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Government To Hit Back Counterfeit Products, Seeks Options To Compensate Consumers

Government To Hit Back Counterfeit Products, Seeks Options To Compensate Consumers

The Government Is Mulling Over A Voluntary Mechanism To Restrict The Sale Of Counterfeit Products

Amid growing online sales, counterfeit products have been an increasing issue. To help the consumers who get duped by counterfeit products from online platforms, the government is in talks to initiate a mechanism for the same.

A media report recently quoted an unnamed official who told that the mechanism, which may be called ‘cashback’, is in a conceptual stage.

The initial talks are happening between ecommerce companies, the Consumer Affairs Ministry and the Department of Industrial Policy and Promotion (DIPP). With the aim of restricting the sale of counterfeit products in the market, the government is looking for more stakeholder discussions.

The mechanism is said to be voluntary as the ministry continues the discussions about its aspects including the mechanism to file a complaint about a counterfeit product and to establish whether the product is counterfeit.

The Commerce and Industry Ministry reportedly believes that counterfeiting causes erosion of brand value, reputation and goodwill of the manufacturers and also leads to social and economic consequences which cause huge economic losses.

Track Record Of Online Counterfeit Products

The problem of online counterfeit goods is not a new issue in the country. In 2017 itself, trouble brewed for ecommerce companies when US-based athletic footwear brand Skechers filed cases with the Delhi High Court against Flipkart and four other sellers for selling fake products.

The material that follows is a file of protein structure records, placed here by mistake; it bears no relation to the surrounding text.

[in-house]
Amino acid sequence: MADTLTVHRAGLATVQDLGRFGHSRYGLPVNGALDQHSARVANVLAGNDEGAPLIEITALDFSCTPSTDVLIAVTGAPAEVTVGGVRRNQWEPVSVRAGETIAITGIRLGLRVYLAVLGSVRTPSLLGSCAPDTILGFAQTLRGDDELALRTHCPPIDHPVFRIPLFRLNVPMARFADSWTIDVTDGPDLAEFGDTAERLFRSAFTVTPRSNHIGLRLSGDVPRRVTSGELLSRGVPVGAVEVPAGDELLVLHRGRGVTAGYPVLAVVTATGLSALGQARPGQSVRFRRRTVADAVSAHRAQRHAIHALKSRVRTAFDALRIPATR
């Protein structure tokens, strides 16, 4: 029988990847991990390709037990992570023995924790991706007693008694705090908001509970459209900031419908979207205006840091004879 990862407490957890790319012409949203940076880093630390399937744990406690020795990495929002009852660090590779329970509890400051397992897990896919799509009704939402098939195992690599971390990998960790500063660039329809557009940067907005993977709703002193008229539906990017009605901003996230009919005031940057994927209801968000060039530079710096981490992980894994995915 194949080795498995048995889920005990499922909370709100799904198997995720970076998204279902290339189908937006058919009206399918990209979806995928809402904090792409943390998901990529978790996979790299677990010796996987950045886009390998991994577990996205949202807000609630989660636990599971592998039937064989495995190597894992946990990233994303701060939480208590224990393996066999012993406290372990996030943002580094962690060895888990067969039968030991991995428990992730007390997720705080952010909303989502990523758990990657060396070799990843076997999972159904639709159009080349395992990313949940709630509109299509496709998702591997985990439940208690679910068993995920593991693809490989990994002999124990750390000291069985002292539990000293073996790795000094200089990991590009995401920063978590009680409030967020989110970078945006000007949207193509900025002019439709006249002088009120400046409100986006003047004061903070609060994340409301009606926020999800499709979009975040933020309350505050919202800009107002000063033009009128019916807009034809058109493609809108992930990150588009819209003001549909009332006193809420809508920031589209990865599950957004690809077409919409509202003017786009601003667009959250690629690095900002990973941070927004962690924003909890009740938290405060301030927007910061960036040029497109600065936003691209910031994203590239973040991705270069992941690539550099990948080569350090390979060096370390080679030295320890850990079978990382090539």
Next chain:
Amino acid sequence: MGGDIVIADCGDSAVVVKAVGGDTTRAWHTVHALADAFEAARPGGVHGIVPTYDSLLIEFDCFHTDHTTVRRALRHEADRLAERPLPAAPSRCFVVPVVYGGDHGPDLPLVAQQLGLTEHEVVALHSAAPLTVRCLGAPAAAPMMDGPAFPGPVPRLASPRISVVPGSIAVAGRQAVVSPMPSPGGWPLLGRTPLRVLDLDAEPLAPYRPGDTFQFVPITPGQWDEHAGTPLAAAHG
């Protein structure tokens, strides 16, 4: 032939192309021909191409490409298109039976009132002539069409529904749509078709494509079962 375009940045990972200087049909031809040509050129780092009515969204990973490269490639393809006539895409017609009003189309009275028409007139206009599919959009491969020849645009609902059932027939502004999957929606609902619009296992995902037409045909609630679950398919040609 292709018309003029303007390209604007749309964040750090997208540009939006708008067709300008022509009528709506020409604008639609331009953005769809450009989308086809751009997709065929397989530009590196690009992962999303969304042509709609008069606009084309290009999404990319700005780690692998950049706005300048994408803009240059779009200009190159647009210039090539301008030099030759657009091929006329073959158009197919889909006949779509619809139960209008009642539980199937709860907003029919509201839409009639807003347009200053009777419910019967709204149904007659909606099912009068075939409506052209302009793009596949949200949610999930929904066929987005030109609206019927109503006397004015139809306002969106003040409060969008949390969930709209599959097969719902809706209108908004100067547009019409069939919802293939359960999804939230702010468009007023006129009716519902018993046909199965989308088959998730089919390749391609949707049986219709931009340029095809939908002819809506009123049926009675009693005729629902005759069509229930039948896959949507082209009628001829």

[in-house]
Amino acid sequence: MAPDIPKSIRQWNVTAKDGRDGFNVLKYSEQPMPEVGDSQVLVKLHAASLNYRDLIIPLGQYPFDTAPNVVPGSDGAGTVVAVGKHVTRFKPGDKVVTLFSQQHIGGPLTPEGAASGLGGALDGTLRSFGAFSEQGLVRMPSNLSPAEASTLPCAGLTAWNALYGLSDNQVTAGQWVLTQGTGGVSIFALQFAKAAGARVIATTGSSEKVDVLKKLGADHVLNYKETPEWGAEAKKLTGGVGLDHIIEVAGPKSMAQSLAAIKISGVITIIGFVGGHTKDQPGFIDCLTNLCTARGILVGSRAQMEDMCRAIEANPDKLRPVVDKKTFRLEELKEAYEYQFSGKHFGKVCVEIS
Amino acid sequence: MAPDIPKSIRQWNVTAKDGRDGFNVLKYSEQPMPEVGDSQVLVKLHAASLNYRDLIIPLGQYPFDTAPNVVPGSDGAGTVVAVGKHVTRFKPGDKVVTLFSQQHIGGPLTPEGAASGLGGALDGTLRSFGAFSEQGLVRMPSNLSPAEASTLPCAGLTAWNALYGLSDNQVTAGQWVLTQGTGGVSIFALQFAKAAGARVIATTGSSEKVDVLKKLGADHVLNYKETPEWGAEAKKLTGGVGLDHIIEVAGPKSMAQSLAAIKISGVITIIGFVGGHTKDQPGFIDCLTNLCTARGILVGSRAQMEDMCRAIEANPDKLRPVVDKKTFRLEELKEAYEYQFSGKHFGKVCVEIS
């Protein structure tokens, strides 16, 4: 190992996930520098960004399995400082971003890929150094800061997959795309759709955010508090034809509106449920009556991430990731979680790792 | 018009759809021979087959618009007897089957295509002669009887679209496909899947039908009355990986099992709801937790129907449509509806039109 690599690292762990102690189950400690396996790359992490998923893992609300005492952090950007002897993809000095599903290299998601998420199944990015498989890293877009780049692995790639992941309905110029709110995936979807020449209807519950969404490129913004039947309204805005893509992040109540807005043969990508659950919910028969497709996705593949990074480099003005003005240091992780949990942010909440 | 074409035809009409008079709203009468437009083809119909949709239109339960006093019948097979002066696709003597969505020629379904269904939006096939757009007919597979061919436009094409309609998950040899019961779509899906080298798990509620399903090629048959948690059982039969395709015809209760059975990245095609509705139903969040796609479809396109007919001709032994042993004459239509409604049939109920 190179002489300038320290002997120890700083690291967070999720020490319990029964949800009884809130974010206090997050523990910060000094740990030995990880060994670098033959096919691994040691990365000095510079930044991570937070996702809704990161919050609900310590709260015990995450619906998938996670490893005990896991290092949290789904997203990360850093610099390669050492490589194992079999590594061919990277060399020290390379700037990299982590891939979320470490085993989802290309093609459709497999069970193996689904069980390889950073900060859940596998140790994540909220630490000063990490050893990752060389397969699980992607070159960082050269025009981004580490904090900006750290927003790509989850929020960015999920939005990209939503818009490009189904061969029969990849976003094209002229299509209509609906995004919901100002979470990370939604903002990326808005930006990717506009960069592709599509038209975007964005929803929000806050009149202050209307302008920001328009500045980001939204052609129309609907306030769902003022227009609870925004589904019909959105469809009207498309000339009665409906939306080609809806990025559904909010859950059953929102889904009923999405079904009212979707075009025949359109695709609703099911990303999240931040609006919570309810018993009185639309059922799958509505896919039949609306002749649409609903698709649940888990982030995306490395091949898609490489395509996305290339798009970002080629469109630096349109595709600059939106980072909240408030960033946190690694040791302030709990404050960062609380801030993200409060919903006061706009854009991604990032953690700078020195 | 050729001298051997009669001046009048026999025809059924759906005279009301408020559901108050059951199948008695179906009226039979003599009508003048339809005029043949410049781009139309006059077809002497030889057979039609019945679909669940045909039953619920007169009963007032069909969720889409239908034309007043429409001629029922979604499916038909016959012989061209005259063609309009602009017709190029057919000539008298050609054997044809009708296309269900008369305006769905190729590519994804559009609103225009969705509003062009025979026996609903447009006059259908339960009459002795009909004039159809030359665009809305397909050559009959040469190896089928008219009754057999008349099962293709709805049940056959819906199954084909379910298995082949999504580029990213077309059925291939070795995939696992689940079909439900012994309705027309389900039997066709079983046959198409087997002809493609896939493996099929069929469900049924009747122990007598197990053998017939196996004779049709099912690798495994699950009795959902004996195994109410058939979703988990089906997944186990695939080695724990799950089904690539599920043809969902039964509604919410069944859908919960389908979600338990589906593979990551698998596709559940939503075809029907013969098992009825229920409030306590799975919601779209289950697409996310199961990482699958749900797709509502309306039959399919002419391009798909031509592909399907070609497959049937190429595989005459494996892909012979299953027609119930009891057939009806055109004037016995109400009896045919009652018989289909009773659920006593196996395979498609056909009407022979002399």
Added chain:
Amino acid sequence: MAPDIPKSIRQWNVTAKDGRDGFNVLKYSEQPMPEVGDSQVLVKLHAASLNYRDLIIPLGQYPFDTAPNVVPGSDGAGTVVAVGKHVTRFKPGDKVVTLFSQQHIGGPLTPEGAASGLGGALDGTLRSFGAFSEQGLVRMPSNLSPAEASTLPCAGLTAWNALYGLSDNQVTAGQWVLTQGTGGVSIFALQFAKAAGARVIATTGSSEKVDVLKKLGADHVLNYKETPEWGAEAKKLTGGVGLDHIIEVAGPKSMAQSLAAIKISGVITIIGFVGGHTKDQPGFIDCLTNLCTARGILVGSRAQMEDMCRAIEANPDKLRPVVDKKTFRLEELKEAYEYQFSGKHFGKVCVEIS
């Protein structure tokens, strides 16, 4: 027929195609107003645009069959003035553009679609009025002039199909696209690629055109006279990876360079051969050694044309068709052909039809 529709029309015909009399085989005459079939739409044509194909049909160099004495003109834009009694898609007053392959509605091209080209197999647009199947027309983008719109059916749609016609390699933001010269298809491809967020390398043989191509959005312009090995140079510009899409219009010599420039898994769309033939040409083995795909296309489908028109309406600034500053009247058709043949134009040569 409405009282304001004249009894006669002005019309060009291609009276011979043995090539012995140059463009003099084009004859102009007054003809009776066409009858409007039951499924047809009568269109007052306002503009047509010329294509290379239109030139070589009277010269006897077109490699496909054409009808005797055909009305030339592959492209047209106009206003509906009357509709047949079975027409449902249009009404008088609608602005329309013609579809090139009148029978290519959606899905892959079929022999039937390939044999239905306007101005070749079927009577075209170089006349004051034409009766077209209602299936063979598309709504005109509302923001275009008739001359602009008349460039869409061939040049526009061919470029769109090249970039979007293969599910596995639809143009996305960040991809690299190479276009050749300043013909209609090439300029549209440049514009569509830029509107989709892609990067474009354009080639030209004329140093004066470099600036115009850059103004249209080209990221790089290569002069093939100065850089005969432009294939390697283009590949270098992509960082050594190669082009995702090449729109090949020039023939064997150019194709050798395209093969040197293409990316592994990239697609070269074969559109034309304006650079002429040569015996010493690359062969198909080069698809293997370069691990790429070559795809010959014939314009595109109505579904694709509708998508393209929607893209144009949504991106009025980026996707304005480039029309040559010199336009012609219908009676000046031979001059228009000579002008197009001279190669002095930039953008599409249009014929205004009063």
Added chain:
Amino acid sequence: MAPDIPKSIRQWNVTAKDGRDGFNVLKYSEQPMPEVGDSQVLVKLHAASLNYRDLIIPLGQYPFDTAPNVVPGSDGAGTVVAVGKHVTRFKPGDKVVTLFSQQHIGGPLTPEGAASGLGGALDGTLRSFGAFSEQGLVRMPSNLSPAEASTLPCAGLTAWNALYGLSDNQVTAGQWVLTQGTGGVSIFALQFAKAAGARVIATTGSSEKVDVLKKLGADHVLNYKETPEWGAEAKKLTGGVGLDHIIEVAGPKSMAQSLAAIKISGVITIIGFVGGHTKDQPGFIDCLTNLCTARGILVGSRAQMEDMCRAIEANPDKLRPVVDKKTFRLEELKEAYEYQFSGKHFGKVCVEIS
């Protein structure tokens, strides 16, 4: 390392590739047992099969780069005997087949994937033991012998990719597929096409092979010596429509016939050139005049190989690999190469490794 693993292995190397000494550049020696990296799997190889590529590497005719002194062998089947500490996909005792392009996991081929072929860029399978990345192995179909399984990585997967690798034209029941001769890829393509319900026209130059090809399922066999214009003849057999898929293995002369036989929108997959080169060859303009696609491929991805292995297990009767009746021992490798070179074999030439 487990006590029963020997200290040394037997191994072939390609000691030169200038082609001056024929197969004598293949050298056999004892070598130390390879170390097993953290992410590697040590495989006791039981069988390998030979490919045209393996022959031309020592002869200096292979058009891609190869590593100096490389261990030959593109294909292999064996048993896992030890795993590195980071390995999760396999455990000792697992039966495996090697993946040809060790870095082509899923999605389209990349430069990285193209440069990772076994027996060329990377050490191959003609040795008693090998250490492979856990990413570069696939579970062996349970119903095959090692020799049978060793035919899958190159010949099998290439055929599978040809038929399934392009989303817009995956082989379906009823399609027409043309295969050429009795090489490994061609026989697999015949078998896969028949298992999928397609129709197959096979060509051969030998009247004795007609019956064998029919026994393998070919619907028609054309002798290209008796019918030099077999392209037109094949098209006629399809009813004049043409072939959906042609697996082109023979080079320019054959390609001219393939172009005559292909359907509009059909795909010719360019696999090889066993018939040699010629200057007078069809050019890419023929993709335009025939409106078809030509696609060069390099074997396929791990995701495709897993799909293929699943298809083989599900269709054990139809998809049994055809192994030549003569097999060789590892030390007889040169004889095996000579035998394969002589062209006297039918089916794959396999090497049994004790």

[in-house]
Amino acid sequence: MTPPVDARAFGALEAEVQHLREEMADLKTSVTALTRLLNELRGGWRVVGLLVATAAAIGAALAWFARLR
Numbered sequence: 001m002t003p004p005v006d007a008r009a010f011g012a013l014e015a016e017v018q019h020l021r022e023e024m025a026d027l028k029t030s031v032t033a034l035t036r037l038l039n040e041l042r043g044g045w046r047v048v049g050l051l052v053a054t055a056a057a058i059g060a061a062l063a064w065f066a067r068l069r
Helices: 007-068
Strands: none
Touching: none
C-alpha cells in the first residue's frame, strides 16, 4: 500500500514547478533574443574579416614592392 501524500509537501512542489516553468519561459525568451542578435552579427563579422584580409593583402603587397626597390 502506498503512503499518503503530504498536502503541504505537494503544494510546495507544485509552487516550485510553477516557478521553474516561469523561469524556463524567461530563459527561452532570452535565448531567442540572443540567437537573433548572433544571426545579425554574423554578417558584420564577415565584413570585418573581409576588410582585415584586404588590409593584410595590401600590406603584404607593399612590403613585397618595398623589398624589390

The company with the help of court-appointed local commissioners raided seven warehouses of the sellers in Delhi and Ahmedabad and discovered more than 15,000 pairs of fake Skechers shoes. Flipkart and Amazon came forward and vehemently denied the allegations by Skechers.

At the same time, a report by News18 alleged that more than 60% of sports goods sold online in India are fake, with at least 40% of the listings being made by duplicate manufacturers.

Previously, companies like Tommy Hilfiger, Lacoste, Calvin Klein have also helped confiscate thousands of fake apparels through court-aided raids on warehouses, owned by either sellers or smaller niche fashion portals.

Earlier in October 2015, Flipkart blacklisted about 40 sellers through its mystery shopping network of 60 employees which was initiated that very month. Next, in March 2016, the company once again blacklisted 250 of fraud sellers from its platform.

The counterfeit product controversies have been a regular trouble for Snapdeal. In January 2015, customers of Snapdeal repeatedly complained about receiving soap bars or even stones in their packages instead of the much more valuable phones that they ordered online. Two months later, one of company’s authorised vendors was arrested by the police for selling fake HP cartridges.

In July 2017, Paytm Mall delisted over 85K online sellers, in an effort to block fraudulent merchants from signing up on the ecommerce platform.

A report by Morgan Stanley expects Indian ecommerce market to hit $200 Bn by 2026. It is high time government targets the sale of counterfeit products to assure consumers’ trust in ecommerce products.